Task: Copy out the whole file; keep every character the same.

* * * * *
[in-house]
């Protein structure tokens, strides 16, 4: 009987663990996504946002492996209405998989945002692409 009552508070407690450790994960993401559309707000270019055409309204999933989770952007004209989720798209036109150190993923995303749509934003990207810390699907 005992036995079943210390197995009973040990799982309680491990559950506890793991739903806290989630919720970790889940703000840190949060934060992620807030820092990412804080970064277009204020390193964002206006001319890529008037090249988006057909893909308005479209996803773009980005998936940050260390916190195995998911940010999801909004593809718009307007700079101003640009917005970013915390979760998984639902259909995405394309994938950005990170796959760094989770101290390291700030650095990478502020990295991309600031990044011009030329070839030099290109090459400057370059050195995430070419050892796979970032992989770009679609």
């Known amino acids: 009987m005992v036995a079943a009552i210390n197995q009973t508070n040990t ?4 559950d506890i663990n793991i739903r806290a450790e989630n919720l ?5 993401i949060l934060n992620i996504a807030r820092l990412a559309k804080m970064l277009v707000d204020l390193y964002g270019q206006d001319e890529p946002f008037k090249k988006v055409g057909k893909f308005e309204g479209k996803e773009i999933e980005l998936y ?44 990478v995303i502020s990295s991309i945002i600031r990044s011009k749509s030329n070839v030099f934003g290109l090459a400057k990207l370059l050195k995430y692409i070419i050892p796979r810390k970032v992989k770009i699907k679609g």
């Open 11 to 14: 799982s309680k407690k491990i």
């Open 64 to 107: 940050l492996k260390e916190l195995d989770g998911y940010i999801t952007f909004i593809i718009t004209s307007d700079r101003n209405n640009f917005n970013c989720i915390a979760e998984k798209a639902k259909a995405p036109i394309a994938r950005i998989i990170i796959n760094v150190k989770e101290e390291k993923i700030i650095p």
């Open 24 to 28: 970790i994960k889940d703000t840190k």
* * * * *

[in-house]
């Protein structure tokens, strides 16, 4: 009987663990996504946002492996209405998989945002692409 009552508070407690450790994960993401559309707000270019055409309204999933989770952007004209989720798209036109150190993923995303749509934003990207810390699907 005992036995079943210390197995009973040990799982309680491990559950506890793991739903806290989630919720970790889940703000840190949060934060992620807030820092990412804080970064277009204020390193964002206006001319890529008037090249988006057909893909308005479209996803773009980005998936940050260390916190195995998911940010999801909004593809718009307007700079101003640009917005970013915390979760998984639902259909995405394309994938950005990170796959760094989770101290390291700030650095990478502020990295991309600031990044011009030329070839030099290109090459400057370059050195995430070419050892796979970032992989770009679609």
């Known amino acids: 009987m005992v036995a079943a009552i210390n197995q009973t508070n040990t ?4 559950d506890i663990n793991i739903r806290a450790e989630n919720l ?5 993401i949060l934060n992620i996504a807030r820092l990412a559309k804080m970064l277009v707000d204020l390193y964002g270019q206006d001319e890529p946002f008037k090249k988006v055409g057909k893909f308005e309204g479209k996803e773009i999933e980005l998936y ?44 990478v995303i502020s990295s991309i945002i600031r990044s011009k749509s030329n070839v030099f934003g290109l090459a400057k990207l370059l050195k995430y692409i070419i050892p796979r810390k970032v992989k770009i699907k679609g």
């Open 11 to 14: 799982s309680k407690k491990i």
């Open 64 to 107: 940050l492996k260390e916190l195995d989770g998911y940010i999801t952007f909004i593809i718009t004209s307007d700079r101003n209405n640009f917005n970013c989720i915390a979760e998984k798209a639902k259909a995405p036109i394309a994938r950005i998989i990170i796959n760094v150190k989770e101290e390291k993923i700030i650095p």
């Open 24 to 28: 970790i994960k889940d703000t840190k």